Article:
Documents: Special Interest: Horticultural Therapy:

Hope in Bloom
by Chris Biesheuvel
by Chris Biesheuvel

email: chrisbiesh@shaw.ca

Chris Biesheuvel a retired Horticulturist from McKenzie Seeds in Brandon Manitoba.

Chris is active in the Lethbridge Horticultural Society. He owns Dutch Touch garden consulting business.

His flower photography is well known. Lately Chris is promoting the health effects from gardening in writing and in speaking engagements.


October 19, 2008

Lady Bird Johnson said once” Where flowers Bloom, so does Hope!”

Mrs. Beverly Eisenberg was an enthusiastic gardener. In 2004 she learned that she had breast cancer and died from this disease in the summer of 2005.

As a gardener in heart and soul, Mrs. Eisenberg spent hours and hours in her pride and joy, the garden. When the time came that she could not do this any more, her friends took over and kept her garden and house filled with flowers to bolster her spirit.

Out of this team work, the charity organization Hope in Bloom was borne.

Hope in Bloom is a non profit organization to provide indoor and outdoor gardens free of charge at the homes of female and male breast cancer patients. The first 24 gardens were planted in 2007 and Hope in Bloom has at the moment more than 100 qualified requests for gardens in the state of Massachusetts.

I think the message is clear, for cancer patients and care givers; a garden is a place of peace and an awesome medicine!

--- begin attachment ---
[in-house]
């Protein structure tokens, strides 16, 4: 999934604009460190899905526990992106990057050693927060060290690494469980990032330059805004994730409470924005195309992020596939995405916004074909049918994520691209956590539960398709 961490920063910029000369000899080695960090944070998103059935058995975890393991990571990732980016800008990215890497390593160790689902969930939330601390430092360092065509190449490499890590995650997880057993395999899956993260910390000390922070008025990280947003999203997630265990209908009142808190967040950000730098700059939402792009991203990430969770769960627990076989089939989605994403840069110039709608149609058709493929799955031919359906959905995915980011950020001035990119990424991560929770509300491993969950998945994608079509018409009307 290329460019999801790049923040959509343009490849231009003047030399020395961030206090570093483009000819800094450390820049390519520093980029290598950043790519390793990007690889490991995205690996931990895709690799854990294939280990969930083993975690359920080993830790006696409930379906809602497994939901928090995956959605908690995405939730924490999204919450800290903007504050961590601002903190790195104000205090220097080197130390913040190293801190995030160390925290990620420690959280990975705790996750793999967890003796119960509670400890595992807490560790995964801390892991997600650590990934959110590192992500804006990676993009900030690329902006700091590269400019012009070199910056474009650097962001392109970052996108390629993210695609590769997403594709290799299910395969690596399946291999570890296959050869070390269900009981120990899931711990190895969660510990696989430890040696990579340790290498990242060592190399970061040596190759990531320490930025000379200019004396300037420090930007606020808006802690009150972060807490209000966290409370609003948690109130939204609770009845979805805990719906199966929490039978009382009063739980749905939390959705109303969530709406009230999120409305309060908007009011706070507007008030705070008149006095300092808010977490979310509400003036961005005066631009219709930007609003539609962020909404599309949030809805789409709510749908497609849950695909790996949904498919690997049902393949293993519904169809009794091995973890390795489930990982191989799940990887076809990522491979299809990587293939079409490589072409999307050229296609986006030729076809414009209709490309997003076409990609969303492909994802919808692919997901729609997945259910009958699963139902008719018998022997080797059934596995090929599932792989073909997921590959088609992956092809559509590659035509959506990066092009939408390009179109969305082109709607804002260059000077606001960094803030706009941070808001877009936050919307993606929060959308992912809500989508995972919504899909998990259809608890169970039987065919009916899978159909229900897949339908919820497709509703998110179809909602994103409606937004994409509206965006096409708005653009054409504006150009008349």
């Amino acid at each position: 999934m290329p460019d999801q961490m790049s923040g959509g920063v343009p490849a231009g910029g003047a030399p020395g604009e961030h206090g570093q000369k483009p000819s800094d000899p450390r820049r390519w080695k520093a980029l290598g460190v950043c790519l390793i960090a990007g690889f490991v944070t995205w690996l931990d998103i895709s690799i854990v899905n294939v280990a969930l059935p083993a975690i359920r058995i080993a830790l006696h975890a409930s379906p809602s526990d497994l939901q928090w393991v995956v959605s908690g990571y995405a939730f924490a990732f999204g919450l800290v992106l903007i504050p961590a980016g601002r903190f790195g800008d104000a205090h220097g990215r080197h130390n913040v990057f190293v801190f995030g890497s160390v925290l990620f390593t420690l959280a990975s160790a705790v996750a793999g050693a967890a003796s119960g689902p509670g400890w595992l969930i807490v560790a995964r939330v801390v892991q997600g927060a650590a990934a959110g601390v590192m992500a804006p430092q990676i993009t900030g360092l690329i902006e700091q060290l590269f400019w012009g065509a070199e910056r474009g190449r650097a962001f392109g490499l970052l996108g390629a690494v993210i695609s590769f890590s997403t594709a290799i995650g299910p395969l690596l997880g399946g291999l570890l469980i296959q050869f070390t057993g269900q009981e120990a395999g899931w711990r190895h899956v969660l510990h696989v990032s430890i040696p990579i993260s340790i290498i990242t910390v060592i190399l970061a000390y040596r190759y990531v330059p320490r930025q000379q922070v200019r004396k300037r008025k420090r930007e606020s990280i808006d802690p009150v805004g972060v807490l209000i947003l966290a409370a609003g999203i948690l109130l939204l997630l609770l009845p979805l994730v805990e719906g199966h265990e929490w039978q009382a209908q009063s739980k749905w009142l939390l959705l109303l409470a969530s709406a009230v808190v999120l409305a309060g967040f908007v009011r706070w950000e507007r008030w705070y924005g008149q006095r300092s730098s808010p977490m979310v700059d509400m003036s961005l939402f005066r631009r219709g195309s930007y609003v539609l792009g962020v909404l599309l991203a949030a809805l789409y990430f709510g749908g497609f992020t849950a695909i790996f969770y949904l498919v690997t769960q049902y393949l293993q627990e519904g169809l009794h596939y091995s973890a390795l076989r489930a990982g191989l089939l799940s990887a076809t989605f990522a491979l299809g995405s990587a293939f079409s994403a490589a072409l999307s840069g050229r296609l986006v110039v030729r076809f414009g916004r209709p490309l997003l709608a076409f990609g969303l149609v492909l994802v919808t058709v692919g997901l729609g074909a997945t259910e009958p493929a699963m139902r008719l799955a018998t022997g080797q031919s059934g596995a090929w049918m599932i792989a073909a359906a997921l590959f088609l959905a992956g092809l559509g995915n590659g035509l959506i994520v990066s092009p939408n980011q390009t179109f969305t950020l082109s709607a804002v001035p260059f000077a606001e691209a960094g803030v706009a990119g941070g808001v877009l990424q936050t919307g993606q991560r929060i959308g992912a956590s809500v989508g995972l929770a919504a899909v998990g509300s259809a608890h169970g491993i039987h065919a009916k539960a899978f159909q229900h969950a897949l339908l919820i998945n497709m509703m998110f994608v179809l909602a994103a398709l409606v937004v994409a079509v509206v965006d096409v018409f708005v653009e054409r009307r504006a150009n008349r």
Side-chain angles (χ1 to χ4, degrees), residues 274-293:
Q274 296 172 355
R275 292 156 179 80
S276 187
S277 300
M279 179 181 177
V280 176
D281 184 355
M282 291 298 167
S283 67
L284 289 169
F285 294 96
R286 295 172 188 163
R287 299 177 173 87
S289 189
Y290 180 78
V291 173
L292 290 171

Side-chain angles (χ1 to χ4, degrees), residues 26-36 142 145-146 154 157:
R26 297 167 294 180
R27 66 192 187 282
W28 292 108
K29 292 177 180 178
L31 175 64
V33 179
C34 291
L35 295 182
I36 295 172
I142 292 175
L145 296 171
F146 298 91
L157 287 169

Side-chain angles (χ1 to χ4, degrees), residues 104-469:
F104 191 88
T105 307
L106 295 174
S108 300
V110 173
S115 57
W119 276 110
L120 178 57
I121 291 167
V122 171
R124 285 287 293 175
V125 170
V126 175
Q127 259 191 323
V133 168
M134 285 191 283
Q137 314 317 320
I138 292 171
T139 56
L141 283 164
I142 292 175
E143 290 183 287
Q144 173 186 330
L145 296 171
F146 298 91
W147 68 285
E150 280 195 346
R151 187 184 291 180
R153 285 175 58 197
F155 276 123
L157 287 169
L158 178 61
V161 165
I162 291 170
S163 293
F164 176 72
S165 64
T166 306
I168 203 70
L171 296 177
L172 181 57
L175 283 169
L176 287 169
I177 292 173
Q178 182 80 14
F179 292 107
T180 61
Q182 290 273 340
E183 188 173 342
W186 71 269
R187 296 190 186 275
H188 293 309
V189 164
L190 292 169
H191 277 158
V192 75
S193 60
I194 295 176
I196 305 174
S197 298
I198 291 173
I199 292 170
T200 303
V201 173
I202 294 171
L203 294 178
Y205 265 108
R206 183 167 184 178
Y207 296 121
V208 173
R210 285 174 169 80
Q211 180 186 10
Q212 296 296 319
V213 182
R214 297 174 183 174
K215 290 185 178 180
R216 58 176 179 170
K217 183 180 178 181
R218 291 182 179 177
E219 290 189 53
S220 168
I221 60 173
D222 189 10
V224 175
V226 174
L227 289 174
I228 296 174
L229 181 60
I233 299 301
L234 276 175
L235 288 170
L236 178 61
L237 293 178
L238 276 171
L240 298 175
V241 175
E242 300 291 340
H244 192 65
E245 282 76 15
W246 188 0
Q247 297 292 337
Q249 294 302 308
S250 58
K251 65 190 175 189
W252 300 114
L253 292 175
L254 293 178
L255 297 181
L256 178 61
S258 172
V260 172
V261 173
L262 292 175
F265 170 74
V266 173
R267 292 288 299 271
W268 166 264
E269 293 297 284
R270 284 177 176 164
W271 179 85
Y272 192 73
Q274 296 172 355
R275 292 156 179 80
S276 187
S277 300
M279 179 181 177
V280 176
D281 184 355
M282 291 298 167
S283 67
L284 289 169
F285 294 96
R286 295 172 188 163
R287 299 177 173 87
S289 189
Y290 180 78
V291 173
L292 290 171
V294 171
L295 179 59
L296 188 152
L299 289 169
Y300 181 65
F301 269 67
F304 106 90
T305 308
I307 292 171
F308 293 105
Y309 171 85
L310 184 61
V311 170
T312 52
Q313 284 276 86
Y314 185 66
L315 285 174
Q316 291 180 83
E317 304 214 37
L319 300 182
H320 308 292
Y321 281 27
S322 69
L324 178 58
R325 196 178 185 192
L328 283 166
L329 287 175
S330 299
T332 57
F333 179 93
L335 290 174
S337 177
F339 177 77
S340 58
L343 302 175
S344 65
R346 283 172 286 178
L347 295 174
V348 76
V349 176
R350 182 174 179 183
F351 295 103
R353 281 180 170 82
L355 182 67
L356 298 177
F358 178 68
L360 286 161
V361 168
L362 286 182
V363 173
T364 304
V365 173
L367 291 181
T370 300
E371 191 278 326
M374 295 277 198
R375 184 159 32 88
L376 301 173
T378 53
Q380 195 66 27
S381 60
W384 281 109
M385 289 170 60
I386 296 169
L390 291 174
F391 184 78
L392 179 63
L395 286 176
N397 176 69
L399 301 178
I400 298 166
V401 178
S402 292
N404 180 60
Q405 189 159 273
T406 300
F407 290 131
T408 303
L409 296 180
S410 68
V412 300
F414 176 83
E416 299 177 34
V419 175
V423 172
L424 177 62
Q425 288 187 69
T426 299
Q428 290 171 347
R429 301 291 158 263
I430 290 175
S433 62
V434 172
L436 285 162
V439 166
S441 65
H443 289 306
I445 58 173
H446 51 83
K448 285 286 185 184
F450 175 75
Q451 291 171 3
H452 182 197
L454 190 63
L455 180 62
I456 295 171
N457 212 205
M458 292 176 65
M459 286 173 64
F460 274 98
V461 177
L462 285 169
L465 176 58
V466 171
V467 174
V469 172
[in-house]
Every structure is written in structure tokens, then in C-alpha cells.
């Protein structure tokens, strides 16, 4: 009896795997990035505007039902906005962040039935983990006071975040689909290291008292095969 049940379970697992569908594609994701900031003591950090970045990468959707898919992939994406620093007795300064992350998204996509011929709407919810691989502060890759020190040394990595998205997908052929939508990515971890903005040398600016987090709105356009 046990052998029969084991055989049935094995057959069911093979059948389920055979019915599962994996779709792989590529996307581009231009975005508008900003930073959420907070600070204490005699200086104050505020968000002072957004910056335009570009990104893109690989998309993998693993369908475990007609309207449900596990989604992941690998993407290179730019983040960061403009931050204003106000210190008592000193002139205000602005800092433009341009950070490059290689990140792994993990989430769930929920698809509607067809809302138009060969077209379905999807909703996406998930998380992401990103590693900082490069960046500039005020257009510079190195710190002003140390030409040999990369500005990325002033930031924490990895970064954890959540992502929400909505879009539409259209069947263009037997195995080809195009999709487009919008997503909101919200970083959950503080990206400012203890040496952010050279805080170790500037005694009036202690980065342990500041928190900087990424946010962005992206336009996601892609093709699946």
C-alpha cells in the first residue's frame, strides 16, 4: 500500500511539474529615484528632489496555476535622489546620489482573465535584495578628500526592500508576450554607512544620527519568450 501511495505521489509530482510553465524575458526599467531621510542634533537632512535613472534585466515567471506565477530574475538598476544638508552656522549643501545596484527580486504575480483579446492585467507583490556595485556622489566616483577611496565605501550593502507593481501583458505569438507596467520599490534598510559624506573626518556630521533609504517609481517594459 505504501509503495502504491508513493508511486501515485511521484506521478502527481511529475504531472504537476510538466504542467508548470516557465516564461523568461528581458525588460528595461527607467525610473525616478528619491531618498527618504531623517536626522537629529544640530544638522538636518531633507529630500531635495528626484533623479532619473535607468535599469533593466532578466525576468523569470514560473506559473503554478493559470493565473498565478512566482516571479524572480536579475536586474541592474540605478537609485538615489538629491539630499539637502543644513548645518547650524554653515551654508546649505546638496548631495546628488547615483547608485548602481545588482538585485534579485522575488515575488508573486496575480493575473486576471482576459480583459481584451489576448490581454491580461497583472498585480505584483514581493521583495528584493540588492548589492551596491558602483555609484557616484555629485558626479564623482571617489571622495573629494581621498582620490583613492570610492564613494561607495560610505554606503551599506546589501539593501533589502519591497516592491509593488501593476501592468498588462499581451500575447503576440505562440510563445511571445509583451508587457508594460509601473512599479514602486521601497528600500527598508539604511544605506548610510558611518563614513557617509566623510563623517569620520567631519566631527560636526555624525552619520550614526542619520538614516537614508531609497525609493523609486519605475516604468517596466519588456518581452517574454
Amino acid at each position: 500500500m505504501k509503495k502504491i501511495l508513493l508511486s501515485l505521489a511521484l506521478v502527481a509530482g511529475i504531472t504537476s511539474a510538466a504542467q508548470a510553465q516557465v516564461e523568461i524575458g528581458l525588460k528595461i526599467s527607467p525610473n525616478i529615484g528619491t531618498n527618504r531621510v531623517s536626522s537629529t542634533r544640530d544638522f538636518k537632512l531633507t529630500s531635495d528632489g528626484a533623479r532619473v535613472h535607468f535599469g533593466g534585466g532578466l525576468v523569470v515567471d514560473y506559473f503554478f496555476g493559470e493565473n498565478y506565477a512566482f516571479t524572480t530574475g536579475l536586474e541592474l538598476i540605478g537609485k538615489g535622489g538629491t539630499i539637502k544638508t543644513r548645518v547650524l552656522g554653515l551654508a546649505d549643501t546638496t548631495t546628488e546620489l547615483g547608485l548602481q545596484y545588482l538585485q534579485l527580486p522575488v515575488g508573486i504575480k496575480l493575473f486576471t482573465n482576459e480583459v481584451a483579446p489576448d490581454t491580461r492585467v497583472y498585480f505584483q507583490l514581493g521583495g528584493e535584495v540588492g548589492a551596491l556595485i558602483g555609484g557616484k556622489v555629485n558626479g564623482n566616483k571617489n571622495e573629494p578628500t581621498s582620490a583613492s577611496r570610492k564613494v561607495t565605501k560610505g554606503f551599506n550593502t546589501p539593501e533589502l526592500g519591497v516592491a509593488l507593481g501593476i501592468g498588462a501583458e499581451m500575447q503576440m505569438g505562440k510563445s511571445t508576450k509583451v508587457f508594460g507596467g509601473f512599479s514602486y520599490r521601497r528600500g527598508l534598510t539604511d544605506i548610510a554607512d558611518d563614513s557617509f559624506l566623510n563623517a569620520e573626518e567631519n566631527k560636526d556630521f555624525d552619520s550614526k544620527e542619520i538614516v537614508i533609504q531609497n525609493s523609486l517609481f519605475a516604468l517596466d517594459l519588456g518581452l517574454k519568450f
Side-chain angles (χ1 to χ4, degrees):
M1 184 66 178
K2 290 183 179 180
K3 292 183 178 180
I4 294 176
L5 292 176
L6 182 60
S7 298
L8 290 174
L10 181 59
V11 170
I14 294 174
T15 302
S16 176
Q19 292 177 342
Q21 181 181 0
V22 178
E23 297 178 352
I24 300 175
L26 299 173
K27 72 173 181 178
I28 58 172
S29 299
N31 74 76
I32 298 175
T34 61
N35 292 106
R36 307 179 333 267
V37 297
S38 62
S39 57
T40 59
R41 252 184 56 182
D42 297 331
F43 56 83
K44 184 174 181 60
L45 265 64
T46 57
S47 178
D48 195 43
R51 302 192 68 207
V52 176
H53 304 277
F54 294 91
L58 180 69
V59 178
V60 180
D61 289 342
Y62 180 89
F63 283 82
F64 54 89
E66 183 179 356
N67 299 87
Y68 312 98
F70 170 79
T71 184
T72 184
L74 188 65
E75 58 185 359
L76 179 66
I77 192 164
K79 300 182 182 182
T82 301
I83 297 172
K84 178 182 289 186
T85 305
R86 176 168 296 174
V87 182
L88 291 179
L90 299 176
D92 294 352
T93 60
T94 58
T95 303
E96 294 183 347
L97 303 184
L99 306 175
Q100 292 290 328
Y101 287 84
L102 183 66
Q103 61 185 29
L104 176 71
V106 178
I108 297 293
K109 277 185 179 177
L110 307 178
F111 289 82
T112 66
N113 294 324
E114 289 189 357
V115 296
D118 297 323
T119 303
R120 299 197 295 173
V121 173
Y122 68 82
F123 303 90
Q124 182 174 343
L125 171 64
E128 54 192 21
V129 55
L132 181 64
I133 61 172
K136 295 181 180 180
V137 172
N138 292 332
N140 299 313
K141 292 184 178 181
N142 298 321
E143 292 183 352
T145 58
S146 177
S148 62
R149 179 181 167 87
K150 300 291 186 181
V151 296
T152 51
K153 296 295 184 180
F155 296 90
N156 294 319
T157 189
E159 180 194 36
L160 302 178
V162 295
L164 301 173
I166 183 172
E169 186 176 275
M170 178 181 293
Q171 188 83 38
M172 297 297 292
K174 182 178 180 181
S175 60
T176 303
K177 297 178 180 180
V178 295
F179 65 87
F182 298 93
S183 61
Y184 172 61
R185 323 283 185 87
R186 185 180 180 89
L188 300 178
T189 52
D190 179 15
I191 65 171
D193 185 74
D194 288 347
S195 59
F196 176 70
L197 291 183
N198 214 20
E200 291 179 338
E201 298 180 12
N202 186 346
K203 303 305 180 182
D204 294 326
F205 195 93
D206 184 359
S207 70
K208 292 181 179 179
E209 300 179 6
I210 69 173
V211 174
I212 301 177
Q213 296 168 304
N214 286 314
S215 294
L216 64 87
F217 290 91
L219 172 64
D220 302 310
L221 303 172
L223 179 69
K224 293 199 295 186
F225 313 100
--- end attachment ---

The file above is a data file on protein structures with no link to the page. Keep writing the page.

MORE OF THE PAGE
The gardens that Hope and Bloom, with their mighty force of volunteers creates, includes every thing like an indoor place with tropical plants, outdoor gardens, container gardening for balconies, even butterfly and bird gardens etc.

Hope in Bloom works with landscape designers and nursery men who donate their time and expertise to create a place that meet the needs of each individual patient. The impact that those gardens have on the cancer patients is amazing, it has rejuvenated the spirit of many patients.

The result of the work of Hope in Bloom is that there is now a trend toward healing gardens at hospitals, and other health facilities, also here in Canada. This trend proves the power of flowers-(see my article about flower power.)

In an interview Dr. G.Wulf of a breast cancer clinic in Massachusetts said “The patients I’ve had who have had such a garden planted have found it comforting, healing, and truly pleasing. It’s really remarkable that there are volunteers out there who create these gardens for breast cancer patients.”

By helping to create a place of peace in the midst of dealing with illness, anger and pain could mean the difference between a bad day and a hopeful day. One of the Hope in Bloom volunteers said “the work we do is so magical and yet so simple”

For the patients it is a statement of how many people care about you!

Roberta Dehman Hershorn, the founder of Hope in Bloom, started this wonderful program to honor her close friend, Beverly Eisenberg. By doing this she brought hope and relief to many breast cancer patients. It started in Massachusetts and I hope it will snowball all over the USA and Canada.

The death of a wonderful lady has brought, thanks to flower power, hope and inspiration to lots of people.

The lesson here is that we gardeners together can be an important part of a cancer patient’s course of treatment. Flowers and plants are great stimulators in the healing or accepting process.

For more information go to www.hopeinbloom.org

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